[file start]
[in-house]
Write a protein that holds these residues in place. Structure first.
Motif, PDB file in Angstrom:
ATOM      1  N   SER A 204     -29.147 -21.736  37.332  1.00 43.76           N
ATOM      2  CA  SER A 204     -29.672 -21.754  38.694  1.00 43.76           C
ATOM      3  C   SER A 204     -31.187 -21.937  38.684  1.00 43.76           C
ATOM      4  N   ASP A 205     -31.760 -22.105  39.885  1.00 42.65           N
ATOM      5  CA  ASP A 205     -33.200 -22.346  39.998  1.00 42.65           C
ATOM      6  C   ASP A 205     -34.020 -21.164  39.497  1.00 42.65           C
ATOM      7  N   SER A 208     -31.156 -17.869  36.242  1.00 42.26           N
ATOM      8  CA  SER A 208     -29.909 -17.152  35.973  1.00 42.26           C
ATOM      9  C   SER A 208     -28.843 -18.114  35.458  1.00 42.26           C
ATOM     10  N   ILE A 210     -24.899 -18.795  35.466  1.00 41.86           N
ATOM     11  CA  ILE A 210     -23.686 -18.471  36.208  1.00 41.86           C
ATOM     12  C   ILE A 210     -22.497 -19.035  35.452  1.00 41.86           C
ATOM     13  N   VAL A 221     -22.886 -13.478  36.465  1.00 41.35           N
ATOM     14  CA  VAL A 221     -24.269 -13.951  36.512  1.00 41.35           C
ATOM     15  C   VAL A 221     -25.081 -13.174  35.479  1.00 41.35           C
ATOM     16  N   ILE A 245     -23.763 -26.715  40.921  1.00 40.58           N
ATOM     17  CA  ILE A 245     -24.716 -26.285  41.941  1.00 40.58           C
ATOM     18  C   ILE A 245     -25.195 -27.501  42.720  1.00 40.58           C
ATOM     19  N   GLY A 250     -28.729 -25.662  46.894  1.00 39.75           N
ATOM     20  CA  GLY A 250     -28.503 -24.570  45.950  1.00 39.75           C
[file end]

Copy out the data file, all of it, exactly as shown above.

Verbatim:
[in-house]
Write a protein that holds these residues in place. Structure first.
Motif, PDB file in Angstrom:
ATOM      1  N   SER A 204     -29.147 -21.736  37.332  1.00 43.76           N
ATOM      2  CA  SER A 204     -29.672 -21.754  38.694  1.00 43.76           C
ATOM      3  C   SER A 204     -31.187 -21.937  38.684  1.00 43.76           C
ATOM      4  N   ASP A 205     -31.760 -22.105  39.885  1.00 42.65           N
ATOM      5  CA  ASP A 205     -33.200 -22.346  39.998  1.00 42.65           C
ATOM      6  C   ASP A 205     -34.020 -21.164  39.497  1.00 42.65           C
ATOM      7  N   SER A 208     -31.156 -17.869  36.242  1.00 42.26           N
ATOM      8  CA  SER A 208     -29.909 -17.152  35.973  1.00 42.26           C
ATOM      9  C   SER A 208     -28.843 -18.114  35.458  1.00 42.26           C
ATOM     10  N   ILE A 210     -24.899 -18.795  35.466  1.00 41.86           N
ATOM     11  CA  ILE A 210     -23.686 -18.471  36.208  1.00 41.86           C
ATOM     12  C   ILE A 210     -22.497 -19.035  35.452  1.00 41.86           C
ATOM     13  N   VAL A 221     -22.886 -13.478  36.465  1.00 41.35           N
ATOM     14  CA  VAL A 221     -24.269 -13.951  36.512  1.00 41.35           C
ATOM     15  C   VAL A 221     -25.081 -13.174  35.479  1.00 41.35           C
ATOM     16  N   ILE A 245     -23.763 -26.715  40.921  1.00 40.58           N
ATOM     17  CA  ILE A 245     -24.716 -26.285  41.941  1.00 40.58           C
ATOM     18  C   ILE A 245     -25.195 -27.501  42.720  1.00 40.58           C
ATOM     19  N   GLY A 250     -28.729 -25.662  46.894  1.00 39.75           N
ATOM     20  CA  GLY A 250     -28.503 -24.570  45.950  1.00 39.75           C